Section of a coal worker's lung showing black lung disease with progressive massive fibrosis.Contributed
Section of a coal worker's lung showing black lung disease with progressive massive fibrosis.Contributed Contributed

BLACK LUNG: CQ miner becomes 19th diagnosed

A CENTRAL Queensland miner has become the 19th confirmed victim of Black Lung after being diagnosed with the deadly disease recently.

The worker, who wishes to remain unidentified, worked in an underground CQ mine.

The shock diagnosis has prompted the CFMEU Mining and Energy Division to renew calls for urgent industry action to support victims and families affected by the disease.

CFMEU M&E Queensland District President Stephen Smyth said while the union welcome's the QLD Government's Coal Workers' Pneumoconiosis Inquiry, the mining industry must take responsibility for the disease and support its victims.

Open cut miner 'shocked' by black lung diagnosis

"We've now reached the 19th confirmed case of Black Lung in Australia in less than 18 months - and this number will likely rise. The mining industry cannot continue to turn a blind eye to its responsibility," Mr Smyth said.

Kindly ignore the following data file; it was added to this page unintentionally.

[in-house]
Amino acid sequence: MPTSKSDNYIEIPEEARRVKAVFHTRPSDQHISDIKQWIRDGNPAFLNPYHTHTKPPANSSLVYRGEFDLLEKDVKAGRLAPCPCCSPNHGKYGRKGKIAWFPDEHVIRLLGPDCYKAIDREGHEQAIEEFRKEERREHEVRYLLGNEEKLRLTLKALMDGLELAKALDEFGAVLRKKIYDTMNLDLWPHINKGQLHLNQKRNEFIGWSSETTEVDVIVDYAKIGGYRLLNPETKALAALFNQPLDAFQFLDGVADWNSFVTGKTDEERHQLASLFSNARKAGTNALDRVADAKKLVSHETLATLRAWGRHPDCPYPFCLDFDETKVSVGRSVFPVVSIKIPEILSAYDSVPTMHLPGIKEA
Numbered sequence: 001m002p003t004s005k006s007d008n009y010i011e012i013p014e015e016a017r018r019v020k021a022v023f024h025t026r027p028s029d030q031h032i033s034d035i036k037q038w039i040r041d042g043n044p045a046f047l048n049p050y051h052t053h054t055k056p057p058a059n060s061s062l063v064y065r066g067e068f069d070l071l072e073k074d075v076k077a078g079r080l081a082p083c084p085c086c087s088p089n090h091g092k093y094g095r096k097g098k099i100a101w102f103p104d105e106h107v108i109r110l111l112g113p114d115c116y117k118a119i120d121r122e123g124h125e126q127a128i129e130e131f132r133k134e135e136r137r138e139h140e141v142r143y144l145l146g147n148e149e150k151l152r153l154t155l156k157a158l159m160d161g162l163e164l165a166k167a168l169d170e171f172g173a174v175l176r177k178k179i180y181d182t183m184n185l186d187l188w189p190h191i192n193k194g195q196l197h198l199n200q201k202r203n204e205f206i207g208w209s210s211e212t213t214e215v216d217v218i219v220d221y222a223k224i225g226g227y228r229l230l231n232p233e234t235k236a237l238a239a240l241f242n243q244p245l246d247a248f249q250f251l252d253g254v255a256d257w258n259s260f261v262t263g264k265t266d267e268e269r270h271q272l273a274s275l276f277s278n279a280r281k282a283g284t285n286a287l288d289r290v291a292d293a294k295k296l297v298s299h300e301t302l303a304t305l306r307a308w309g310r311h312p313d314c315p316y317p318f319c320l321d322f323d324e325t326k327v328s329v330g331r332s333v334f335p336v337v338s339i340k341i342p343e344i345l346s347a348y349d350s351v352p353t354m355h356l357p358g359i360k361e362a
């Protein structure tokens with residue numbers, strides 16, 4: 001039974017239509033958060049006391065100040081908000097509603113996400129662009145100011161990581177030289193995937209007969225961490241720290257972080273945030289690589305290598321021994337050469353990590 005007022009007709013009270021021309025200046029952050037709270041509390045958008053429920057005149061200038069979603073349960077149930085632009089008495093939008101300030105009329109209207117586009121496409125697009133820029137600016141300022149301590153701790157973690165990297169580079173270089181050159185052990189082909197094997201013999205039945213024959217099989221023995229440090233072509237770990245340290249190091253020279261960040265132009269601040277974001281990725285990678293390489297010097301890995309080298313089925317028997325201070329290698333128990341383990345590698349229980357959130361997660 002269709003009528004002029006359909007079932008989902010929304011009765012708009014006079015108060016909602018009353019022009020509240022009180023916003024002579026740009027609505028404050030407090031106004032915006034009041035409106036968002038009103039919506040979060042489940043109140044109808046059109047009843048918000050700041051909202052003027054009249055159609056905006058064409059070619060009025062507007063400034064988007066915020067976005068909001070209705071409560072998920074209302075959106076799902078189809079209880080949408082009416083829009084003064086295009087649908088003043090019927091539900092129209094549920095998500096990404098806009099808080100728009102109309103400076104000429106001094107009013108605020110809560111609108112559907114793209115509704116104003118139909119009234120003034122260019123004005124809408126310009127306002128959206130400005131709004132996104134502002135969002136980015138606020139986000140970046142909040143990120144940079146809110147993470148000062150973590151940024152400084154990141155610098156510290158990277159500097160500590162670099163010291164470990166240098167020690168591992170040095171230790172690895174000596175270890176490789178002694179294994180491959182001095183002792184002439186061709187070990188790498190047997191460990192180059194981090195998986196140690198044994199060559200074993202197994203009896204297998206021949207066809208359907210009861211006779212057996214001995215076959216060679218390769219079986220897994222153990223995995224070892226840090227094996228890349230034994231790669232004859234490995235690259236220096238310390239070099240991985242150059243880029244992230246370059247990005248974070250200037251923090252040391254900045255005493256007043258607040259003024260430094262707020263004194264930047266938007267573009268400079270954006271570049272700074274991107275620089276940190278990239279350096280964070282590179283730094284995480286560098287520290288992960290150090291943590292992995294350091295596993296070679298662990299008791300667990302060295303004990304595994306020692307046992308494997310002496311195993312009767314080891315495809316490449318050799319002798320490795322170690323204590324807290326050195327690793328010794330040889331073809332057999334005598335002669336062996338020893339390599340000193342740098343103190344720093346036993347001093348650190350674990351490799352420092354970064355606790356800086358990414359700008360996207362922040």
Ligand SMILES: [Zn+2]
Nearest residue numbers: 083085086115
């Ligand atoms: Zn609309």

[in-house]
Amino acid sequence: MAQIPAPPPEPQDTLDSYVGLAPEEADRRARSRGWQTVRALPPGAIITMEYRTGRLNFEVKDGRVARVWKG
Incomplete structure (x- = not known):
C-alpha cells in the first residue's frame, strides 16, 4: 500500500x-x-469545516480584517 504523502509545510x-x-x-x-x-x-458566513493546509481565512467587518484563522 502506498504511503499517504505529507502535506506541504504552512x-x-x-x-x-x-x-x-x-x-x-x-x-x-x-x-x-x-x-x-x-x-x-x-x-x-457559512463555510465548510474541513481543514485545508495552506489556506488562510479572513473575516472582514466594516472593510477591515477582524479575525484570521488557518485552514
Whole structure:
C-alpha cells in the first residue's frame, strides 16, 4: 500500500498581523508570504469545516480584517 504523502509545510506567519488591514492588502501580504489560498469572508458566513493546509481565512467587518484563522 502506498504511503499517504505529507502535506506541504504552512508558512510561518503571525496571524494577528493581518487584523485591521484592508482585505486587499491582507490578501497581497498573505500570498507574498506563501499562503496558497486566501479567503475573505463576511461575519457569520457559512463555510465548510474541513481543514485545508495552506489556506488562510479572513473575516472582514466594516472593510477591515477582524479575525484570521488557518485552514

"The system of identifying and remedying the causes of the disease have clearly failed, and it is workers and their families who are paying the price.

"The mining industry sits at the centre of the problem and it is the mining industry that needs to play a key role in supporting victims and their families.

"While the QLD Government has shown initiative in its recent Inquiry into the disease, taxpayers should not be asked to foot the bill for the solution - mining giants need to take action.

"The union has and will continue to call for mining companies to fund a Victims' Fund, paid for by an industry-funded levy of 10 cents on every tonne of coal produced in the state."

Mr Smytth said supporting victims through funding was a small price for mining giants to pay when many workers have already paid with their health and their lives.

"Not only does Black Lung have a severe effect on workers' health, it impacts their families and communities," he said.

"While many workers are not sick enough to stay home and get support, are too sick to keep their current jobs in the mining sector - losing their livelihoods, with no course of action to support their families.

"You can't put a price on what has been taken from these workers - they deserve better than that."

Black Lung disease expert Dr Bob Cohen from the United States will visit Queensland and victims of the disease next month.

Dr Cohen the expert who identified various Black Lung cases in Australia despite several Queensland medical professionals having initially cleared workers of the disease.



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